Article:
Castro and I
He pouts, “I want out.”
The death of a movie director he’s never even heard of but close to his age has made him sad.
Unhappiness drops by: His features sink,
A soft collapse,
The trusses give way; top meets bottom.
Sometimes I’d love to suggest he jazz up his life with a murderous spree but that wouldn’t be nice now would it. Instead
I counsel, push; I cheer, tether him. I dislodge, joke badly, and chop off the diseased limb.
“No added sugars,” I warn. “Pigs on the blanket equal your head in a basket.”
He says: “Red is the new green and vice versa. As in, ‘I’m red with envy.’ Or, ‘I flew back on the green eye last night.’ Not applicable when it comes to apples. The blues are still the blues.”
I tell him he lives in the Empire of Nonsense.
I tell him he’s King of Kind of Laughing.
We dislike mirrors and yet cannot get enough of each other.
I know I’m lied to. I lie too.
Still I’ll take notice, note; I’ll braise, parboil and sauté his words.
“I’m a bird in reverse,” he tweets.
I hold his hand as he flaps underground but it’s my heart and mouth that fill with dirt.
We split. I spit.
Silence is my science.
Self-Portrait as Spectator
Those boys untouchable except
For the quick hand they offered and I shook
Longing to be swept into their Olympus
Of soccer and sex-with-other-than-oneself
If not good they were at least exactly right
I thought from the sidelines miles away
What I deserved my lesson for being flawed
Cast with the girls watching them
Knot on the field and break apart
All throttle and forward lean
Seeking the crack in the other team’s
Defense that crumbled like a language
I failed to grasp
My loathing their perfection
What I had otherwise come to extol and celebrate
When I stormed the grass
Handsome as suns those boys rose over our shoulders
And for whom I would burn more than once
And for whom I shall never burn in hell
Self-Portrait with Boxer
Sorry for slamming the green metal door
That blackened your left eye. Sorry if
I had already drum-slapped your bald head, yanked on belly hairs,
All in the room where you botched the slaughter
Of holiday birds and the pronunciation of foie gras.
Sorry I found it amusing to see you weep with such flair
Under the eyes of Evita and Ceferino Namuncará
Who hung childless and saintly on your wall. Sorry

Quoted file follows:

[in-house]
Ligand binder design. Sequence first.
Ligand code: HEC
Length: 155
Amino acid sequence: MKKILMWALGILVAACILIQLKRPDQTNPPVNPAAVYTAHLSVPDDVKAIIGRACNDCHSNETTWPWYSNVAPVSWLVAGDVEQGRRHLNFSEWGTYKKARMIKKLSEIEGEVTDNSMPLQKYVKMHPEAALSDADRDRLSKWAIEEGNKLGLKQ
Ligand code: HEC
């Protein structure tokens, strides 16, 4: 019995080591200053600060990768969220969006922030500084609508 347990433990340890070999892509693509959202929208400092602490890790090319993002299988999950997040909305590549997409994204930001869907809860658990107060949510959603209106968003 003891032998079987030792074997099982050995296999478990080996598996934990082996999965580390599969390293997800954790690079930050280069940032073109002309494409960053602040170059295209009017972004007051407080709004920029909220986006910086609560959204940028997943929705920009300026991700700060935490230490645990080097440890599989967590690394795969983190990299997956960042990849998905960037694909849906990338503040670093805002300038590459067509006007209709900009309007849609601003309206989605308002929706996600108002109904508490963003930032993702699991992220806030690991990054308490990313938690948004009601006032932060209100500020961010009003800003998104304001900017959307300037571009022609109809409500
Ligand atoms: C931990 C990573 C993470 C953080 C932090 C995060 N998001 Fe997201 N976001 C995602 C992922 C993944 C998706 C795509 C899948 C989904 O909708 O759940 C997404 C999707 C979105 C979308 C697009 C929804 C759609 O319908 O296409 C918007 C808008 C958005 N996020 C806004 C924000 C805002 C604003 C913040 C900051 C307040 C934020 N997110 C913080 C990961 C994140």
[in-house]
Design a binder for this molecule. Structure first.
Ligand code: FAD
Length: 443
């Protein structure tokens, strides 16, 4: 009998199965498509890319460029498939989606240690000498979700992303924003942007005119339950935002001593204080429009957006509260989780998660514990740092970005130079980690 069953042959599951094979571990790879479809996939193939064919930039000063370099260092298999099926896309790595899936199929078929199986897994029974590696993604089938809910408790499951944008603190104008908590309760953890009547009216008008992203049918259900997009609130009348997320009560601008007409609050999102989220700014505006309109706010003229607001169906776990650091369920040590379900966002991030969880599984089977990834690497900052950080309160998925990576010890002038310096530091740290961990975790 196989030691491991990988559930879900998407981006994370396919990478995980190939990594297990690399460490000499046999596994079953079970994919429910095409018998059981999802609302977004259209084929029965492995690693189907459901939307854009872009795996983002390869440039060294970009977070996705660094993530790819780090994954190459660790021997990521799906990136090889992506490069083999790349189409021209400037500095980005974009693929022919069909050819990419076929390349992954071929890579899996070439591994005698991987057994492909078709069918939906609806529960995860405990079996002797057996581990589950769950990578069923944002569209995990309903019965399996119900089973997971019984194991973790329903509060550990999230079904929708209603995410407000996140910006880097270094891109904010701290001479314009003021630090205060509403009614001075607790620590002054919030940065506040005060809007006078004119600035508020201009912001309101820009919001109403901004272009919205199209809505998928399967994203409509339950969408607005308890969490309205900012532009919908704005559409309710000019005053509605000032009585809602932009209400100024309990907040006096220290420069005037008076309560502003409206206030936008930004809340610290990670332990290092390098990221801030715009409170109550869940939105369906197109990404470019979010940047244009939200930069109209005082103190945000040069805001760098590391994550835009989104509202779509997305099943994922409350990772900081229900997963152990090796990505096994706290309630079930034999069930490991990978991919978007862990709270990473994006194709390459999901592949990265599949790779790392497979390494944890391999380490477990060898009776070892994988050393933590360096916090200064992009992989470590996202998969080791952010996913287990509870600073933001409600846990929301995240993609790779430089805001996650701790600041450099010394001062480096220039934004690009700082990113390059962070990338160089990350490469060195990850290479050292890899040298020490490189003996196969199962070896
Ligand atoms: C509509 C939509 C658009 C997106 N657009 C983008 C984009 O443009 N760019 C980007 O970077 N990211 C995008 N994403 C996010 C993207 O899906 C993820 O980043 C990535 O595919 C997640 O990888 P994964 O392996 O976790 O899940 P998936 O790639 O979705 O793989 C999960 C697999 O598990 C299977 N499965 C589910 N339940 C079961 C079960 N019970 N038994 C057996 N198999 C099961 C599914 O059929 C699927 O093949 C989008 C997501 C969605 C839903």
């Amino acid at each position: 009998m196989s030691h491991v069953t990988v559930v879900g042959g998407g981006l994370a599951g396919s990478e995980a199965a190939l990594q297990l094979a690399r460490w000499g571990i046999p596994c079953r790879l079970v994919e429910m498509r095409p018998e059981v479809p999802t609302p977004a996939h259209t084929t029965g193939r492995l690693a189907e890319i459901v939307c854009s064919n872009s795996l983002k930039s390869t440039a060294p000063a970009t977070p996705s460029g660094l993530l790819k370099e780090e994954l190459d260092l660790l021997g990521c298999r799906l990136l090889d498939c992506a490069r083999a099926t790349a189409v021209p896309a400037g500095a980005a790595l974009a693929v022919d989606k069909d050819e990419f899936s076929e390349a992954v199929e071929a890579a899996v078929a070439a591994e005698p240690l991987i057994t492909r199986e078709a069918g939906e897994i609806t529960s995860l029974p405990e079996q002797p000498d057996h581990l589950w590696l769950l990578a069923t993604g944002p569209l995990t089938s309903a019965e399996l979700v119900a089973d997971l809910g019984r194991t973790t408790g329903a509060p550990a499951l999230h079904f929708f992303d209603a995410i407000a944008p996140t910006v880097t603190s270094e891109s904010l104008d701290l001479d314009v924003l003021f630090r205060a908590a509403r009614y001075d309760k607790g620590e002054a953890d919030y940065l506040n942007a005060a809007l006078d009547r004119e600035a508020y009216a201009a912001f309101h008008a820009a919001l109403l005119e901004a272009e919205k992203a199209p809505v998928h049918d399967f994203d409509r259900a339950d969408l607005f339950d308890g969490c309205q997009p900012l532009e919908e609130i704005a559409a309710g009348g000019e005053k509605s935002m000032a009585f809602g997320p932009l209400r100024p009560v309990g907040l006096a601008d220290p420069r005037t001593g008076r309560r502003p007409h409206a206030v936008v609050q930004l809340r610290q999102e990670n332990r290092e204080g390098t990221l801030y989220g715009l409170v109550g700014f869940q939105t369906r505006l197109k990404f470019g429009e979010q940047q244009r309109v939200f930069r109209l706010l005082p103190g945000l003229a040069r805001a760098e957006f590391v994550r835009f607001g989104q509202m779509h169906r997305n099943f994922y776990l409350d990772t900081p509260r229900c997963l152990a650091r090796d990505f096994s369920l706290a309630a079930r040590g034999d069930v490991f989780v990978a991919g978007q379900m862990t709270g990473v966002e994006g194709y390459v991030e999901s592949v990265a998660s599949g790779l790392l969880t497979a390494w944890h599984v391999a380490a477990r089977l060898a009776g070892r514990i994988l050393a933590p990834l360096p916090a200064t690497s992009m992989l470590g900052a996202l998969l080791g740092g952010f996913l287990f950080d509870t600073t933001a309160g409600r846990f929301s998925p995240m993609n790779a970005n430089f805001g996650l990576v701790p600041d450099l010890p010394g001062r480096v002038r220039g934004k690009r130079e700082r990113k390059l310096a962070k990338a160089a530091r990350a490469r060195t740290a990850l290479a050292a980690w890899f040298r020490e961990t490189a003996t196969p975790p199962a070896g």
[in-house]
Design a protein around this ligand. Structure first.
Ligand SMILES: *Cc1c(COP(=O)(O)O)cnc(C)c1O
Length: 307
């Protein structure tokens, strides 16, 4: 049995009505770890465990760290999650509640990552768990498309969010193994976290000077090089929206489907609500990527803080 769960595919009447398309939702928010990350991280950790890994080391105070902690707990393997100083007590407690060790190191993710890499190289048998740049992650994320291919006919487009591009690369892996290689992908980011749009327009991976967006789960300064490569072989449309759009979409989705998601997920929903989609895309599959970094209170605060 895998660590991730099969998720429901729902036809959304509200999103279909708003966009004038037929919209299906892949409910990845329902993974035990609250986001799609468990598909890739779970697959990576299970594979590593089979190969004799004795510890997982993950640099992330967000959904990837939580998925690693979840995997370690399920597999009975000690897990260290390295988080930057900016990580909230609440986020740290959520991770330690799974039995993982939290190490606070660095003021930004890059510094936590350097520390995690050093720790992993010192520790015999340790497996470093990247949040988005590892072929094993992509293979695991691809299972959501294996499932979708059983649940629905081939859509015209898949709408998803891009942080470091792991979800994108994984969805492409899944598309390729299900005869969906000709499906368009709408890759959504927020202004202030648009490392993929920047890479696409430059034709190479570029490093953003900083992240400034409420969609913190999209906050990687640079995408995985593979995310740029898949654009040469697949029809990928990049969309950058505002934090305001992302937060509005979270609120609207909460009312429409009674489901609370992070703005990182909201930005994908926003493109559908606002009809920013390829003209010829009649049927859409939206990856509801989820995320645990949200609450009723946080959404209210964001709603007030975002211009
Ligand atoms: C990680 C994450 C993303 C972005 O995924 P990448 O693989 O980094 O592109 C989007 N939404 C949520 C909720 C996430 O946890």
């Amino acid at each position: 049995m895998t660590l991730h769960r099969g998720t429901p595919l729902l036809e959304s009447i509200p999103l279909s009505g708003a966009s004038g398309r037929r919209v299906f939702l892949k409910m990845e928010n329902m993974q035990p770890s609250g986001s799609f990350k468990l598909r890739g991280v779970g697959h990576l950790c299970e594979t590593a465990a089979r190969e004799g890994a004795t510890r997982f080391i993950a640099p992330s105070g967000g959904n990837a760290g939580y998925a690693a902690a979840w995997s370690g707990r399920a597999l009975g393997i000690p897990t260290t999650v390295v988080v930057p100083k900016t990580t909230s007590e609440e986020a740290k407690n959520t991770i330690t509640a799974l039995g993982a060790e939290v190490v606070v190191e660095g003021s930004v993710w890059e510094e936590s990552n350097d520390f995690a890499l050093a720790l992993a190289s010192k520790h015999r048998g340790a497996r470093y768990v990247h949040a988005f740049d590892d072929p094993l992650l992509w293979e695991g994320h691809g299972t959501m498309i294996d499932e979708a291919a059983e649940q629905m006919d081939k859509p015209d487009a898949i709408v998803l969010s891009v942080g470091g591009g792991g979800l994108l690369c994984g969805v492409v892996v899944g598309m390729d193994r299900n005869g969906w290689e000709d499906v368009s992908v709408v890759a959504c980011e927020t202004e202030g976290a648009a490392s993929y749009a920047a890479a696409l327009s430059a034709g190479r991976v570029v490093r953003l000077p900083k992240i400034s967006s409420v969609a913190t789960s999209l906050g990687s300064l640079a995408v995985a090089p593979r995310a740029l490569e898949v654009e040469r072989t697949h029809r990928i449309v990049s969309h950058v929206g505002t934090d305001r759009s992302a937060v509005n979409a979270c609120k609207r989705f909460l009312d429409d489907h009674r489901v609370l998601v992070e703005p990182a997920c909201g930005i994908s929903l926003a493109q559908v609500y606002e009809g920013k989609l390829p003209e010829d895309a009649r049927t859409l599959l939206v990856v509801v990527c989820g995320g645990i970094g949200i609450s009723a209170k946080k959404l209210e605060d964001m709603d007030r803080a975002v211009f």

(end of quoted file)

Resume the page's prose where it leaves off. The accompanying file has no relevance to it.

I was such an unabashed asshole fifth grader mocking
Your third grade education, slick enough to know
You’d forgive and once again rig card games in my favor,
If not cheer me on whenever I shadow-boxed on a box spring
In emulation of the flyweight life of your youth,
Jab, jab, left cross, hook, and uppercut, head bob, head bob; un-
Matched men touching other men the only way
They knew how, for profit, in exhaustion, gored. It must have
Really hurt, Uncle; sorry I lost your wedding ring.
Self-Portrait with Musician
Sometimes the heart strikes out noisily,
Leaps into a grand piano like a stunt man.
Green-eyed, an almost green voice:
She leaps out of a grand piano like a stunted man,
Resurfaces reptilian, shedding scales.
She’s a whisper inside a box of wails,
An amphibian on the surface, adding scales
To leave the swamp dressed for a part.
I too whisper from inside a box of veils,
Rustle up a melody that comes apart
Leaving the water in a dress from K-Mart.
She sings over sweeps of pedal steel,
Rustles up a harmony that quickly comes part
Of my flesh. More and more I would steal
From this lady singing over sweet pedal steel:
The green eyes; and the pale green noise
That sinks into flesh as much as it might heal
Whenever the heart strikes, without a voice.
For Chan Marshall a.k.a. Cat Power
Portrait Calling for Self
Come to me as a missing child,
A hiccup in a sentence, oh little comma in my life.
Find me in the garden as you would in a poem
Where you misread fog for frog.
Part wolf, part Isadora Duncan;
Child pissing in a cup, come.
And what’s with the hurry you might wonder.
Well, we’re always running late.
And in love with the good
Sky, find me lit up,
Feet at last unstuck from the mud,
Drifting downstream on my back. As kin to the sun,
As king of the slow-thinking clouds, come child;
Wave as if you’d known me all your life.
ContributorGuillermo Filice Castro
Guillermo Filice Castro is a poet and photographer. He’s the author of Agua, Fuego (Finishing Line Press, 2015) and a recipient of an Emerge-Surface-Be fellowship from the Poetry Project. Most recently his work appeared in The Minetta Review, The New Verse News and the anthology Rabbit Ears, among many others. Some of his photographs can be viewed at Hinchas de Poesia, Sunday Salon Zine and Canopic Jar. A native of Argentina, Castro lives in New York City.